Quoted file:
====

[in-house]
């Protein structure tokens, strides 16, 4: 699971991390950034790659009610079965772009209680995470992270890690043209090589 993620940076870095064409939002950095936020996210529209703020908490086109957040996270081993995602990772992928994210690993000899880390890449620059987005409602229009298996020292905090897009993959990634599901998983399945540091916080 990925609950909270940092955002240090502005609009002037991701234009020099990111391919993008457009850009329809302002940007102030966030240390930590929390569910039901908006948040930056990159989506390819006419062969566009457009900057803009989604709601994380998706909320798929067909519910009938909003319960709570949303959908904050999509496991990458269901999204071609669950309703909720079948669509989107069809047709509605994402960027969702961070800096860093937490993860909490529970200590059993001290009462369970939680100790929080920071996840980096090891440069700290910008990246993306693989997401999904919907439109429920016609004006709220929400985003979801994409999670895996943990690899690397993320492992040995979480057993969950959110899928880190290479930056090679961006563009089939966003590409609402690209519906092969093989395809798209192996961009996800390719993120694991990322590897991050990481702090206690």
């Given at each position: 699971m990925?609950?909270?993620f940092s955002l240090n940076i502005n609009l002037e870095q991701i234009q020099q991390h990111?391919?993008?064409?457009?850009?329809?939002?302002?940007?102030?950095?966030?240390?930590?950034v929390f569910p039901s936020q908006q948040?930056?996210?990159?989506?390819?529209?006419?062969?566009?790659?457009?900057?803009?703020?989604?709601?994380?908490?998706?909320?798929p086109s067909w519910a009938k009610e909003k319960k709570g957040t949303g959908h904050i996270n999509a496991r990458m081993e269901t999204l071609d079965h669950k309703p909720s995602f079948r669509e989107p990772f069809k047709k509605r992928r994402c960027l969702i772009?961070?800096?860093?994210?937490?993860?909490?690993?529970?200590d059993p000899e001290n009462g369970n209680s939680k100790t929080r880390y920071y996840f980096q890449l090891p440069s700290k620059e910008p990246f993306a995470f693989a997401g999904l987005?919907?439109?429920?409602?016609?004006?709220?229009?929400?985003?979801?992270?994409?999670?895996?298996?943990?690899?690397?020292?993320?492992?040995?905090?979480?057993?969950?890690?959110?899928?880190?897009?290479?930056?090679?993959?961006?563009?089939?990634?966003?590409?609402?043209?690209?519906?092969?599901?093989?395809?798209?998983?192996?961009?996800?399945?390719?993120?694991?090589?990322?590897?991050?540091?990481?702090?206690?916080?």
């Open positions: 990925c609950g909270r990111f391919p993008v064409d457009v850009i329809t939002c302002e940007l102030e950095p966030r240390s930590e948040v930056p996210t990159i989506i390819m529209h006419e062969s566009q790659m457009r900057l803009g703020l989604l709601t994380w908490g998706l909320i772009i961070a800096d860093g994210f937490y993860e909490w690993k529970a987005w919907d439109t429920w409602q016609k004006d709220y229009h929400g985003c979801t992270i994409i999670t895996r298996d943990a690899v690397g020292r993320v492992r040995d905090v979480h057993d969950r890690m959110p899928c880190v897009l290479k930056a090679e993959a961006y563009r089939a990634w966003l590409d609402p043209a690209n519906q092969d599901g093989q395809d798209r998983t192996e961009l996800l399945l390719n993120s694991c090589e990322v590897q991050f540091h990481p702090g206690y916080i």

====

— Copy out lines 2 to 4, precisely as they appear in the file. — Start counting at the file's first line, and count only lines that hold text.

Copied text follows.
């Protein structure tokens, strides 16, 4: 699971991390950034790659009610079965772009209680995470992270890690043209090589 993620940076870095064409939002950095936020996210529209703020908490086109957040996270081993995602990772992928994210690993000899880390890449620059987005409602229009298996020292905090897009993959990634599901998983399945540091916080 990925609950909270940092955002240090502005609009002037991701234009020099990111391919993008457009850009329809302002940007102030966030240390930590929390569910039901908006948040930056990159989506390819006419062969566009457009900057803009989604709601994380998706909320798929067909519910009938909003319960709570949303959908904050999509496991990458269901999204071609669950309703909720079948669509989107069809047709509605994402960027969702961070800096860093937490993860909490529970200590059993001290009462369970939680100790929080920071996840980096090891440069700290910008990246993306693989997401999904919907439109429920016609004006709220929400985003979801994409999670895996943990690899690397993320492992040995979480057993969950959110899928880190290479930056090679961006563009089939966003590409609402690209519906092969093989395809798209192996961009996800390719993120694991990322590897991050990481702090206690």
């Given at each position: 699971m990925?609950?909270?993620f940092s955002l240090n940076i502005n609009l002037e870095q991701i234009q020099q991390h990111?391919?993008?064409?457009?850009?329809?939002?302002?940007?102030?950095?966030?240390?930590?950034v929390f569910p039901s936020q908006q948040?930056?996210?990159?989506?390819?529209?006419?062969?566009?790659?457009?900057?803009?703020?989604?709601?994380?908490?998706?909320?798929p086109s067909w519910a009938k009610e909003k319960k709570g957040t949303g959908h904050i996270n999509a496991r990458m081993e269901t999204l071609d079965h669950k309703p909720s995602f079948r669509e989107p990772f069809k047709k509605r992928r994402c960027l969702i772009?961070?800096?860093?994210?937490?993860?909490?690993?529970?200590d059993p000899e001290n009462g369970n209680s939680k100790t929080r880390y920071y996840f980096q890449l090891p440069s700290k620059e910008p990246f993306a995470f693989a997401g999904l987005?919907?439109?429920?409602?016609?004006?709220?229009?929400?985003?979801?992270?994409?999670?895996?298996?943990?690899?690397?020292?993320?492992?040995?905090?979480?057993?969950?890690?959110?899928?880190?897009?290479?930056?090679?993959?961006?563009?089939?990634?966003?590409?609402?043209?690209?519906?092969?599901?093989?395809?798209?998983?192996?961009?996800?399945?390719?993120?694991?090589?990322?590897?991050?540091?990481?702090?206690?916080?």
């Open positions: 990925c609950g909270r990111f391919p993008v064409d457009v850009i329809t939002c302002e940007l102030e950095p966030r240390s930590e948040v930056p996210t990159i989506i390819m529209h006419e062969s566009q790659m457009r900057l803009g703020l989604l709601t994380w908490g998706l909320i772009i961070a800096d860093g994210f937490y993860e909490w690993k529970a987005w919907d439109t429920w409602q016609k004006d709220y229009h929400g985003c979801t992270i994409i999670t895996r298996d943990a690899v690397g020292r993320v492992r040995d905090v979480h057993d969950r890690m959110p899928c880190v897009l290479k930056a090679e993959a961006y563009r089939a990634w966003l590409d609402p043209a690209n519906q092969d599901g093989q395809d798209r998983t192996e961009l996800l399945l390719n993120s694991c090589e990322v590897q991050f540091h990481p702090g206690y916080i």